Roosevelt, New Jersey: Visions of Utopia (review)
- Film & History: An Interdisciplinary Journal of Film and Television Studies
- Center for the Study of Film and History
- Volume 17, Number 4, December 1987
- p. 96
- Additional Information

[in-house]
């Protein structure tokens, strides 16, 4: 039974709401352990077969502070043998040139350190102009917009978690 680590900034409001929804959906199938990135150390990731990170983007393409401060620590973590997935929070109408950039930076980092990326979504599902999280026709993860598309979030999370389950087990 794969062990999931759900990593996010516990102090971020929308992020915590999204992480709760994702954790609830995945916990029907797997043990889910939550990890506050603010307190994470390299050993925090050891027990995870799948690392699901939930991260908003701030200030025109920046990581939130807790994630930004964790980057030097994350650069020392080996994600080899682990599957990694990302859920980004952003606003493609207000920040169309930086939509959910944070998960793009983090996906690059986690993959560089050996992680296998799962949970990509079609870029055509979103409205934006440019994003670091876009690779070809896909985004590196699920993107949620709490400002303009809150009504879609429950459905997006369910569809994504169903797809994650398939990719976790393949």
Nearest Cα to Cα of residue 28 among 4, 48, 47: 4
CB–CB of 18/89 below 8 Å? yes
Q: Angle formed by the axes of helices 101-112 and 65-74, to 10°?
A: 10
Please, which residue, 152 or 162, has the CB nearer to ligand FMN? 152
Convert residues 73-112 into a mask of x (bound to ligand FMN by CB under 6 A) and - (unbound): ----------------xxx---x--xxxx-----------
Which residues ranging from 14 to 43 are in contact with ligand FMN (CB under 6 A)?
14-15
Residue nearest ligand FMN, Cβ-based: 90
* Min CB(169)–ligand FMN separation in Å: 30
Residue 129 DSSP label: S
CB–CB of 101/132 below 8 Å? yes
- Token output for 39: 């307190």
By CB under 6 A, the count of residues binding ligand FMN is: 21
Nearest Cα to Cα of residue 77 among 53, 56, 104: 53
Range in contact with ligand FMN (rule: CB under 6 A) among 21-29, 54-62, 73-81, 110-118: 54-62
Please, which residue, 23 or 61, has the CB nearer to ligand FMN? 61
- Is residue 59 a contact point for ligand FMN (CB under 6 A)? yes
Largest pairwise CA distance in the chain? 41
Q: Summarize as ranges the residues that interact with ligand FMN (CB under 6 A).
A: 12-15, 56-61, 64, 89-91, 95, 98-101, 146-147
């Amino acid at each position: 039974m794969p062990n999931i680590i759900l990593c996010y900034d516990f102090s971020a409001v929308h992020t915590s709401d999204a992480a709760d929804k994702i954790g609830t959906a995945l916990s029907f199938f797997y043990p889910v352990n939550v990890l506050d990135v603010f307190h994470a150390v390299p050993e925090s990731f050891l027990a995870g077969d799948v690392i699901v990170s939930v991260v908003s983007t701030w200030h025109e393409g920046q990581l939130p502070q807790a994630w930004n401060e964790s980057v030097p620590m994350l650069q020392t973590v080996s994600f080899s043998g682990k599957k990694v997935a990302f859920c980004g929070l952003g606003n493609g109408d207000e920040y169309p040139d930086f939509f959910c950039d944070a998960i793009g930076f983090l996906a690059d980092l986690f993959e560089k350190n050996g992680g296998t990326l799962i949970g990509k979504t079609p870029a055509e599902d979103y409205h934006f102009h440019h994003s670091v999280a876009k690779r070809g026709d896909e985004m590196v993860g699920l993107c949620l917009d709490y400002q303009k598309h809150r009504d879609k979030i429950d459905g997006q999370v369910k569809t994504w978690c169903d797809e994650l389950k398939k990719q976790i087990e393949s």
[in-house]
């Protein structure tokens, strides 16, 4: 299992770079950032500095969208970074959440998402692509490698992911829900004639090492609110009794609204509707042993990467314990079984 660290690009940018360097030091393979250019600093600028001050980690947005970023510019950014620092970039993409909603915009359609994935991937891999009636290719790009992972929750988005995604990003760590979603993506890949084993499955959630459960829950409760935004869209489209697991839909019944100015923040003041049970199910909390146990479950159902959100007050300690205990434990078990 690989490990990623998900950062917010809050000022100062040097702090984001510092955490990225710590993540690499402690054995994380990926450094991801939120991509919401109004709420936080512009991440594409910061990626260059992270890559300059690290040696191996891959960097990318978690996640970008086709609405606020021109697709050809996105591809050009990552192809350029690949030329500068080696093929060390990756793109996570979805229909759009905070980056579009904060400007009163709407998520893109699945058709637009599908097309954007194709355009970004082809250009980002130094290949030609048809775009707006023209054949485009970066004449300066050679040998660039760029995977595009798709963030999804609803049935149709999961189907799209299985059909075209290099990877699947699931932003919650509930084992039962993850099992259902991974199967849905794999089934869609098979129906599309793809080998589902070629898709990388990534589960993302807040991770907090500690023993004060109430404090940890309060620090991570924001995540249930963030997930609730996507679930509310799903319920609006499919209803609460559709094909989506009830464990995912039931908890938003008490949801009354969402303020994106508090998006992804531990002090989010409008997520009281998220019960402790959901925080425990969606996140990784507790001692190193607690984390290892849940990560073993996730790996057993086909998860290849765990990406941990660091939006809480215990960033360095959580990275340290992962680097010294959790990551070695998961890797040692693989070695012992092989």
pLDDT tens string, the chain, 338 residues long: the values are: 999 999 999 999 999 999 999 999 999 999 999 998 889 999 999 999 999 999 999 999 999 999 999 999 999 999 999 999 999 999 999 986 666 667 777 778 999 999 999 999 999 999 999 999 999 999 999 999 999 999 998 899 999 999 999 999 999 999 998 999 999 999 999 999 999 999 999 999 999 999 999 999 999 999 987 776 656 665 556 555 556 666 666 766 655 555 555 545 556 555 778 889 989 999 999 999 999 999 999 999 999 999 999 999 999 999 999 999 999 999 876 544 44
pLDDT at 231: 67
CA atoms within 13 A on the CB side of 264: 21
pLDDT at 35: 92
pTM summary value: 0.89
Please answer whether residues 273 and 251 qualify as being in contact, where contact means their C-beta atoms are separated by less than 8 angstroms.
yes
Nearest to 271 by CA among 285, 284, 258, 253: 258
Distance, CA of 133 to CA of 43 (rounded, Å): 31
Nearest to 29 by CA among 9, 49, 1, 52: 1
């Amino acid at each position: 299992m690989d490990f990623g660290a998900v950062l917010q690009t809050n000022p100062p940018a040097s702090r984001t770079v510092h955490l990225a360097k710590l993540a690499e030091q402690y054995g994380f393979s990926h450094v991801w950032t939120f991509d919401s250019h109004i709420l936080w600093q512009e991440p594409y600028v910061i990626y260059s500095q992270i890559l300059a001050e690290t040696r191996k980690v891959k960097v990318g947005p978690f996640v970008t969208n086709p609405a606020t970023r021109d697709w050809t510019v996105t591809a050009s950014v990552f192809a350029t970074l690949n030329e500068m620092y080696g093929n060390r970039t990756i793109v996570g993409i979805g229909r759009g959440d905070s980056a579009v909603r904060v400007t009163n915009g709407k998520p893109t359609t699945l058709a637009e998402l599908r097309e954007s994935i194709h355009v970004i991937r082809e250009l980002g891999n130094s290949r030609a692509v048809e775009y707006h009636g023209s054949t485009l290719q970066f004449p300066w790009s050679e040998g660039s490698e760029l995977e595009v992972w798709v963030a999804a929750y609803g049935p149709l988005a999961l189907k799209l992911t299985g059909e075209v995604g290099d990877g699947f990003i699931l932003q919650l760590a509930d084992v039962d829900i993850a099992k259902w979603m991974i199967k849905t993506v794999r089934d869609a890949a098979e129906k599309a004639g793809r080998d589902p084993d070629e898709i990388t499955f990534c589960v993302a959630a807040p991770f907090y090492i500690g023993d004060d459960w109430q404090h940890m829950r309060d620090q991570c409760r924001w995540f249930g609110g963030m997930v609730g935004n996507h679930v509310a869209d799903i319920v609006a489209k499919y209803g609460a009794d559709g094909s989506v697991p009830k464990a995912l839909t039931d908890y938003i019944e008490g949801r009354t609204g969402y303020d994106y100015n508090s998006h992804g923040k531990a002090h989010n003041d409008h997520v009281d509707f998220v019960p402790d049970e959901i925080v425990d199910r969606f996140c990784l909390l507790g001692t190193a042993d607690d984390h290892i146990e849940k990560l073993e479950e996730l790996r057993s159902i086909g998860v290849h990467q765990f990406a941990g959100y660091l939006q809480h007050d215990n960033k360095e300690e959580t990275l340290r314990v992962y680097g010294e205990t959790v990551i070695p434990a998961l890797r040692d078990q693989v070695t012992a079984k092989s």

Film Review Roosevelt, New Jersey: Visions of Utopia produced by Richard Kroehling and Laura Nathanson and directed by Richard Kroehling. Color film/video, 52 minutes. 1983. Distributed by The Cinema Guild (1697 Broadway, New York, NY 10019). In Roosevelt, New Jersey: Visions of Utopia, Richard Kroehling and Laura Nathanson craft an affectionate and often affecting portrait of the 120 families of New York City Jewish garment workers who moved to rural New Jersey in the midst of the Great Depression to create an industrial and agricultural cooperative community. Funds from the New Deal's resettlement Administration built the Bauhaus-style homes, the farms, and the coat factory that made up the community, which was known originally as Jersey Homesteads . One of its earliest and most famous residents was Ben Shahn, who painted a famous mural tribute to immigrant workers on a local elementary school wall. The film, which is very nicely shot and edited, uses the standard techniques of the oral history film genre-old film footage intermixed with stills and contemporary interview footage. A few of the filmic strategies-reunions of old comrades and people commenting on photo albums, for example-have become clichéd from overuse by similar films. At times, Roosevelt, New Jersey veers too much toward the uncritical nostalgia that is another hazard of oral history documentaries. "Life here was just wonderful," says a woman near the end of the film in a line that could have (and has) appeared in any number of films and oral history interviews. Fortunately, the filmmakers also include a fascinating segment that deals with some of the conflicts over the principles and practice of cooperative living that ultimately broke apart the community. The film should prove effective in history courses on the 1930s, on immigration , and on Utopian experiments as well as sociology courses dealing with community life. Teachers, however, should be prepared to provide some of the historical context-on the New Deal, 1930s trade unionism, and especially the politics of the Popular Front-that is not always adequately laid out in the film. In addition, they should be ready for student questions about the demise of the community-a topic that the film gives surprisingly cursory treatment. Roy Rosenzweig George Mason University 96 ...